Interview by Jo Whitby
Imagine a warm summers day, relaxing in the garden with a glass of wine and in the company of good friends… sounds good doesn’t it? These are the kind of images that floated across my mind when listening to the London based folk group Skinny Lister on their myspace page. It’s interesting to note that many of the lyrics refer to winter, perhaps singer and songwriter Daniel Heptinstall was wishing for brighter days. I caught up for a quick chat with Daniel via e mail…
Cat On The Wall: How and when did Skinny Lister come about?
Daniel Heptinstall: Skinny is basically a bunch of friends. We’ve done various musical things over the years, with each other, and others, but Skinny is the coming together of all of our influences and musical passions. Prior to Skinny, Max and myself often gigged around playing foot stomping Jigs and Reels, while Sam was often found drunkenly belting out sea shanties in the old Cricketers pub in Greenwich. Max and Lorna also have a proper cross-generational family folk band heritage – their father George Thomas often joins us onstage for a tune or two. Skinny Lister was a natural progression.
COTW: Who or what triggered your interest in music and what was the first instrument you picked up?
DH: The guitar was my first instrument. My interest was initially triggered by desperately wanting to be Buddy Holly, so guitar was the natural choice. The simplicity of his three chord songs was also a big plus for a beginner musician.
COTW: Was there a particular event or song/album that influenced you to play folk music or was it a natural progression for you?
DH: It’s always been there with me. Even when I’ve been involved in none folky projects. I would say that James Yorkson’s ‘Year of the Leopard’, was quite inspirational, and an album that helped make me want to take my folky side more seriously. My priority has perhaps shifted from trying to achieve some sort of commercial success to simply trying to make songs as beautiful as I can.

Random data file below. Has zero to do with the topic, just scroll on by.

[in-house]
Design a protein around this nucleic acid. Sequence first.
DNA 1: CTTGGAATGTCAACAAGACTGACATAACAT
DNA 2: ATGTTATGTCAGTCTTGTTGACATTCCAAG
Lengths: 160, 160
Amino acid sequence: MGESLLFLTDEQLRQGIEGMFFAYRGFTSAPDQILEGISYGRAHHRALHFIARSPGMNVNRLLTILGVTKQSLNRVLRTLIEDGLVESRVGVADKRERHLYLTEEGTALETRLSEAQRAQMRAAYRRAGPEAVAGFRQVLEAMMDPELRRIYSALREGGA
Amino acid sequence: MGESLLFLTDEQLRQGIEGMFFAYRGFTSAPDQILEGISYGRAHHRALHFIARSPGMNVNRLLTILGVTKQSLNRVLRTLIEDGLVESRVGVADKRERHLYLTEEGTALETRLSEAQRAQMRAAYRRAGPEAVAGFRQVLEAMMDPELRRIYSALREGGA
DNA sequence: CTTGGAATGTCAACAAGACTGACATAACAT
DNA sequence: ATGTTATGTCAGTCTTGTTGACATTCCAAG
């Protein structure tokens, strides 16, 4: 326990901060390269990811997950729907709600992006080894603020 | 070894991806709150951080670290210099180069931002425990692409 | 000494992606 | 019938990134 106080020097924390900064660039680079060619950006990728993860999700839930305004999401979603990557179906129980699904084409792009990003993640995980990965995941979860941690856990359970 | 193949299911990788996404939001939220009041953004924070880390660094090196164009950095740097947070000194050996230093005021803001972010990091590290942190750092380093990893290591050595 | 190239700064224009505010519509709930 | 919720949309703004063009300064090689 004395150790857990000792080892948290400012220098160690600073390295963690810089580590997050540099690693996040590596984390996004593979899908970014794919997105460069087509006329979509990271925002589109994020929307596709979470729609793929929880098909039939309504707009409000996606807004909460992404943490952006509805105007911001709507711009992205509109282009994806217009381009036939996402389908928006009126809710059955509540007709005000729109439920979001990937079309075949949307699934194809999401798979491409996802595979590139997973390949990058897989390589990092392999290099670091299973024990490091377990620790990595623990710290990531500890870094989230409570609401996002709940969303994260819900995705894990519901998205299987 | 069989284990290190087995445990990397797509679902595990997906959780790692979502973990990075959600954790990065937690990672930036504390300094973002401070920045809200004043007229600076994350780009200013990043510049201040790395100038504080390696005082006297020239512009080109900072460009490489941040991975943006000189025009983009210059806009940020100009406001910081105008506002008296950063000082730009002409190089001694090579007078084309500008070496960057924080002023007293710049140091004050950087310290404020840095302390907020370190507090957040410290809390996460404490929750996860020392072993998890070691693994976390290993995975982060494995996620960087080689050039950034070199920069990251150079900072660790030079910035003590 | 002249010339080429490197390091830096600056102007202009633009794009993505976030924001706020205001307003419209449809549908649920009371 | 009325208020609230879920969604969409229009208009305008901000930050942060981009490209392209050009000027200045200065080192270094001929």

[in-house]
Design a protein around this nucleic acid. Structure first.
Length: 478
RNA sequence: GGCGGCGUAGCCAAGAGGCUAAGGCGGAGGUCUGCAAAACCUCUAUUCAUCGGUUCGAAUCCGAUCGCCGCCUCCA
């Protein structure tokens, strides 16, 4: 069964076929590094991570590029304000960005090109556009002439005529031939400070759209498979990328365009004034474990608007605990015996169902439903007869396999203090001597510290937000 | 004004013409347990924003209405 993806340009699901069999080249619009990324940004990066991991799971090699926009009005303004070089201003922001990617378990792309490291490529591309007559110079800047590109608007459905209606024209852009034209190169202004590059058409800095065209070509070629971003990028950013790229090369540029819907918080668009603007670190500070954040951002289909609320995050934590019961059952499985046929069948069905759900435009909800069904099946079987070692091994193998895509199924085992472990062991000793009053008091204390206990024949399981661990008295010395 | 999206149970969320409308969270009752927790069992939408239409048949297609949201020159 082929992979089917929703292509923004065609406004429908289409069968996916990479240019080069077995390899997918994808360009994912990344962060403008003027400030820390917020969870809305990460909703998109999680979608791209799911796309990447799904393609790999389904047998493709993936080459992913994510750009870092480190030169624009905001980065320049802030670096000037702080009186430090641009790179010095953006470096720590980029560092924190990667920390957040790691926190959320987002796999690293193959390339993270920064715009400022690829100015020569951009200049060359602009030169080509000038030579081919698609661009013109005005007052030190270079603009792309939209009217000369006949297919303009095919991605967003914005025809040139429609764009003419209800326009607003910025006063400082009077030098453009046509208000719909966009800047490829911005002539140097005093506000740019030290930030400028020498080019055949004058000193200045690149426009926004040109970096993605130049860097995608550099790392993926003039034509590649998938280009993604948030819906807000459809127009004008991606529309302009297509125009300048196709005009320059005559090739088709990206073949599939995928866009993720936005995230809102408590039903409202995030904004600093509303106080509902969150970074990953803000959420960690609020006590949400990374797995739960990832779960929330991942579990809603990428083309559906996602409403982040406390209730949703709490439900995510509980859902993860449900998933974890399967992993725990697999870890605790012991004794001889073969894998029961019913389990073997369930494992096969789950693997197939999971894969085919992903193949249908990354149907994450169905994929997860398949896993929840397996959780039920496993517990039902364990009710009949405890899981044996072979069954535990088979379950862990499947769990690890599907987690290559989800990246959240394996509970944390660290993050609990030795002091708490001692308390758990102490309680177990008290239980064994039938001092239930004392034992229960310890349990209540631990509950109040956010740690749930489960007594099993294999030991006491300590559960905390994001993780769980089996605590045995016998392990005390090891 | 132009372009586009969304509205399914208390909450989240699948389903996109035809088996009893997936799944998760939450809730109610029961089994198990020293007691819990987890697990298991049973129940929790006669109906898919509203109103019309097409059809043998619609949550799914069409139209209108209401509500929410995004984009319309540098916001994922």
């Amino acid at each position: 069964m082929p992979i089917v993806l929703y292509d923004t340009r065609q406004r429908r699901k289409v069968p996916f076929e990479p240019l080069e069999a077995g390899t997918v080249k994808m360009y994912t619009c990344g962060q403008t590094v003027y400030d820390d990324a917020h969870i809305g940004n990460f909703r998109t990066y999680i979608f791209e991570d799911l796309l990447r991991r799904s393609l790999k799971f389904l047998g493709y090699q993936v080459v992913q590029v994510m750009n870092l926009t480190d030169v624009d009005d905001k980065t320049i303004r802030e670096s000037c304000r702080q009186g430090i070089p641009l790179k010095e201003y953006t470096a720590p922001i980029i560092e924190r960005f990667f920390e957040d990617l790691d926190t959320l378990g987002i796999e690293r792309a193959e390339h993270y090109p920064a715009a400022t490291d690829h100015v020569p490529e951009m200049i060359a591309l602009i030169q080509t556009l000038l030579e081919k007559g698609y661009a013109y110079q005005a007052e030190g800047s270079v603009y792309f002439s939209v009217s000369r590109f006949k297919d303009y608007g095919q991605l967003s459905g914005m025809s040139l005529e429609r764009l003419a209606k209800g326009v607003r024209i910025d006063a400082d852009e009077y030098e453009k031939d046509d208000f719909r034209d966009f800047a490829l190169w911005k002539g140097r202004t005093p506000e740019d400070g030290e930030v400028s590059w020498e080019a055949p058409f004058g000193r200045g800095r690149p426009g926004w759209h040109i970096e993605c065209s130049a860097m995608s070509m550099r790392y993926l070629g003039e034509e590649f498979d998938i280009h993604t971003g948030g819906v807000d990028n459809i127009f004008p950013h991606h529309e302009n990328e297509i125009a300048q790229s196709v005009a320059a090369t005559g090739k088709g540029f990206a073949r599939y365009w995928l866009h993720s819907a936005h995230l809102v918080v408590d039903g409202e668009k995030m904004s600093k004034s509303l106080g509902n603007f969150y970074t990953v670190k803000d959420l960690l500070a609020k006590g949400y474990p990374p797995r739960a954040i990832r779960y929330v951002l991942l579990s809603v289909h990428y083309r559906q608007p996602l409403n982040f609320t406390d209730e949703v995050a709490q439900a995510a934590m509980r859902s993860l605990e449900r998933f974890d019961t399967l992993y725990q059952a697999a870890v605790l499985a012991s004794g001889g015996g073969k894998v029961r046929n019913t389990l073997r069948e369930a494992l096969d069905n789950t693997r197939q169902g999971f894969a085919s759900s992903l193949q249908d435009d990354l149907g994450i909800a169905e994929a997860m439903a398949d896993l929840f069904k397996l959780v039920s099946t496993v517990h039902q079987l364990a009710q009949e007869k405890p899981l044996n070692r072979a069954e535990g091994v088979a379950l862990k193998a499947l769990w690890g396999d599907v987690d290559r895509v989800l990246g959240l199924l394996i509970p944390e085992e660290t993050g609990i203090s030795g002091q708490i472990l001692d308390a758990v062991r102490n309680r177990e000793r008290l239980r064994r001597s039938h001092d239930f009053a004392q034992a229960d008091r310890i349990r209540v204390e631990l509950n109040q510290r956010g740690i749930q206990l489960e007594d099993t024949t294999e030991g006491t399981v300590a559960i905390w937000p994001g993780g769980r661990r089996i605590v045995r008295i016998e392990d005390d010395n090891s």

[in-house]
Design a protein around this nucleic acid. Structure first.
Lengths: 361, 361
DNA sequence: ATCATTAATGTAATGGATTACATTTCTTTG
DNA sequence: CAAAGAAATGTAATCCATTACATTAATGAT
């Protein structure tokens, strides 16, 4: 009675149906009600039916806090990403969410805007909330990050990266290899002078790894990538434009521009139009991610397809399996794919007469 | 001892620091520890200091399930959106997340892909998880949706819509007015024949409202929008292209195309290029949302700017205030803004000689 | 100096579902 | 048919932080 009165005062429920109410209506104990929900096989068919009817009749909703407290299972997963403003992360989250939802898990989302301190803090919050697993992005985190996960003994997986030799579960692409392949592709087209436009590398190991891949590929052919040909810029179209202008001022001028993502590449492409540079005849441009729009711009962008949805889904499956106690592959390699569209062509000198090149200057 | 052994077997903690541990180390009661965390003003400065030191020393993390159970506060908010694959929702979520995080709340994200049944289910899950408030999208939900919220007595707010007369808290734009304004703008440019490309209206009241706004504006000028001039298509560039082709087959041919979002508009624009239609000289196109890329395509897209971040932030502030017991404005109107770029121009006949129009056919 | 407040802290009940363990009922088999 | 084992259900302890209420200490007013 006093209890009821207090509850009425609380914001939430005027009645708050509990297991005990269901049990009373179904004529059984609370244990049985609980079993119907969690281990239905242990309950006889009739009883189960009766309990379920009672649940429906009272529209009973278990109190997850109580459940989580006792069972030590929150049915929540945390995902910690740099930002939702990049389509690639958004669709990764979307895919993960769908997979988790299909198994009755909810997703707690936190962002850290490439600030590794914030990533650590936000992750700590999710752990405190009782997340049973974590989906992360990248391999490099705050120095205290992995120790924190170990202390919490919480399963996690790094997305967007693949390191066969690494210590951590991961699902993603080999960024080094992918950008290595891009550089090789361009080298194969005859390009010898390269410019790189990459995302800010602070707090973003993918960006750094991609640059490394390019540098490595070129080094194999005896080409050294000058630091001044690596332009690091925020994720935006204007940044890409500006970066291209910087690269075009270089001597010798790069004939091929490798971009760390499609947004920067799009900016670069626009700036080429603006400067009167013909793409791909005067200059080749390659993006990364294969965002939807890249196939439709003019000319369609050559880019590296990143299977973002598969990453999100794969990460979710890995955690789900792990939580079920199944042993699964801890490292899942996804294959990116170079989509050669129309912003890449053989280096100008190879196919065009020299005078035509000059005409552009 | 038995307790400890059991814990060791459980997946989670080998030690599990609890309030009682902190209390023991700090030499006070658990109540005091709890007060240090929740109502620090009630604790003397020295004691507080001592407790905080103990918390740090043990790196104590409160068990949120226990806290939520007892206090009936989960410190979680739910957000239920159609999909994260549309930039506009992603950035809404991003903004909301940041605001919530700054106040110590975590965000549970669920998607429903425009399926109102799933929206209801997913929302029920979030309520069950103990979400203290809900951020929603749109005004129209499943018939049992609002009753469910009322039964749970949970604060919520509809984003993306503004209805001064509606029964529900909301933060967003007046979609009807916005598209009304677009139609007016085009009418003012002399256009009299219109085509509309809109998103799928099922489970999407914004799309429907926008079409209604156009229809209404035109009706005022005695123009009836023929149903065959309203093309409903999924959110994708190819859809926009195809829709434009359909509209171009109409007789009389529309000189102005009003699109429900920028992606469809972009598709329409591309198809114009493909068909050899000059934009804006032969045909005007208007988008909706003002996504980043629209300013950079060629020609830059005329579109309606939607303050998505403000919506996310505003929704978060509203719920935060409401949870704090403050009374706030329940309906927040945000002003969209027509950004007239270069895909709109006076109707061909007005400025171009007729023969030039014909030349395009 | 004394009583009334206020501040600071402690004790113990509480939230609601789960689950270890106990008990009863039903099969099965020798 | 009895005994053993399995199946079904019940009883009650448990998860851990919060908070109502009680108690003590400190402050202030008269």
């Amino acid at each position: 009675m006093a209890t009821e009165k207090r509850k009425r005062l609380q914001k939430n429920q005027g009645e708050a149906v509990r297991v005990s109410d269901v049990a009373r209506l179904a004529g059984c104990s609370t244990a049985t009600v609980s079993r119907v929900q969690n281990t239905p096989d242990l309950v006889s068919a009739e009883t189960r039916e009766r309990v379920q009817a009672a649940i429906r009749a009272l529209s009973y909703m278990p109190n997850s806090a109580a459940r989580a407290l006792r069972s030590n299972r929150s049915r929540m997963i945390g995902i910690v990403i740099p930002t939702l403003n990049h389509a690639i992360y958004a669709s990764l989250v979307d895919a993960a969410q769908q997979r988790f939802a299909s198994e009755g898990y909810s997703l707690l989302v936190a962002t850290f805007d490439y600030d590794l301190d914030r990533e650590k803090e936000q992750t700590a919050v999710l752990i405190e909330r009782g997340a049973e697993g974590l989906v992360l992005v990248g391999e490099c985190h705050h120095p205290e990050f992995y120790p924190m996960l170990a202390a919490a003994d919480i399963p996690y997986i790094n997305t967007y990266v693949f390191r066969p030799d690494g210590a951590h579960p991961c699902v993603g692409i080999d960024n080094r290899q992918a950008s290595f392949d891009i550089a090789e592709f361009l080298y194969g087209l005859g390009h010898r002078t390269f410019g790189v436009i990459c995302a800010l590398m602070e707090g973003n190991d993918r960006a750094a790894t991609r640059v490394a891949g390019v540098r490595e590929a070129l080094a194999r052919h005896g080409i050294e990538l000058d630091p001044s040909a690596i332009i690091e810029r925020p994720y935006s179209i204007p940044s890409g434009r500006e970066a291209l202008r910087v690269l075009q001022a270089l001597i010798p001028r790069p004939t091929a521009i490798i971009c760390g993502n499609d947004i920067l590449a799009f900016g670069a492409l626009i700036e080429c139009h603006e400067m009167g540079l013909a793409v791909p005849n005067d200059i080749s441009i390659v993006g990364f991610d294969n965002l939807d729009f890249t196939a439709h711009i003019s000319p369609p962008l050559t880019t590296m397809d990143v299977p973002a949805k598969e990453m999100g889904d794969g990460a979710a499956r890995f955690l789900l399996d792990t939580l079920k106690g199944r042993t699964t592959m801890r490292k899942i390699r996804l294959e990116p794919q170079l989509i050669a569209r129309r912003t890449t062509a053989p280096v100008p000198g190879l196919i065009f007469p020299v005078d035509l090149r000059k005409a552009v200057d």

COTW: What are you views on the future of the music industry? How do you think it will be possible for artists like yourself to make a living from music? What has been your experience so far?
DH: Doing it for the love of it is always a good starting point. The general feeling is that performing live is where the money is going to be. The live experience is something that can’t be downloaded.
COTW: Do you enjoy performing live? Any memorable experiences that you can tell us about? What was one of the best gigs that you’ve attended as a member of the audience?
DH: Performing live is one of the main and most enjoyable aspects of what we do. Some of the smallest gigs, where we play acoustically without a PA, can often be the most enjoyable. I maintain that the most enjoyable gig I ever attended as an audience member was David Bowie at Glastonbury festival in 2000. Amazing!
COTW: What are you listening to/reading at the moment?
DH: With Spotify it’s something new every day. Today I’m listening to The Unthanks and reading David Copperfield by Charles Dickens.
COTW: What are your plans for the near future?
DH: We’re gonna be spending a bit of time recording and we’re planning to release an EP of new stuff. We’ve also gonna be gigging about the place over the summer, including slots at the Isle of White festival, Winterwell and Camp Bestival. Other dates will be going up on our myspace page as they come in. Looking forward to it!